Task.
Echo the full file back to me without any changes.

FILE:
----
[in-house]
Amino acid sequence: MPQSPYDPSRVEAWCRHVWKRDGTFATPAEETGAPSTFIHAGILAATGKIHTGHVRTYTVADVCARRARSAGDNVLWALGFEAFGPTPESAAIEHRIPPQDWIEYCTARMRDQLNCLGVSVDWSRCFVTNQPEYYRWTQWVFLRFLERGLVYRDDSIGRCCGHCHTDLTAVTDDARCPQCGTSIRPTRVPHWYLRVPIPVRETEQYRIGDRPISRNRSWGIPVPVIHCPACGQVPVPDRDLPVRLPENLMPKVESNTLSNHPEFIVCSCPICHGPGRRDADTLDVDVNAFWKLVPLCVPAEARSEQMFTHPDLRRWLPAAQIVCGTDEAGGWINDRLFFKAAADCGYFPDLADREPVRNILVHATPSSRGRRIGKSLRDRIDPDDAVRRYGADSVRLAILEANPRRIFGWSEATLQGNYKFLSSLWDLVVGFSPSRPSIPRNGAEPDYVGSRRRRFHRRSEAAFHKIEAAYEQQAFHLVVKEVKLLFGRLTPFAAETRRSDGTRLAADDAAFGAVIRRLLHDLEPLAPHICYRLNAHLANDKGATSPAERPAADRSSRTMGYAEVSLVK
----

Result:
[in-house]
Amino acid sequence: MPQSPYDPSRVEAWCRHVWKRDGTFATPAEETGAPSTFIHAGILAATGKIHTGHVRTYTVADVCARRARSAGDNVLWALGFEAFGPTPESAAIEHRIPPQDWIEYCTARMRDQLNCLGVSVDWSRCFVTNQPEYYRWTQWVFLRFLERGLVYRDDSIGRCCGHCHTDLTAVTDDARCPQCGTSIRPTRVPHWYLRVPIPVRETEQYRIGDRPISRNRSWGIPVPVIHCPACGQVPVPDRDLPVRLPENLMPKVESNTLSNHPEFIVCSCPICHGPGRRDADTLDVDVNAFWKLVPLCVPAEARSEQMFTHPDLRRWLPAAQIVCGTDEAGGWINDRLFFKAAADCGYFPDLADREPVRNILVHATPSSRGRRIGKSLRDRIDPDDAVRRYGADSVRLAILEANPRRIFGWSEATLQGNYKFLSSLWDLVVGFSPSRPSIPRNGAEPDYVGSRRRRFHRRSEAAFHKIEAAYEQQAFHLVVKEVKLLFGRLTPFAAETRRSDGTRLAADDAAFGAVIRRLLHDLEPLAPHICYRLNAHLANDKGATSPAERPAADRSSRTMGYAEVSLVK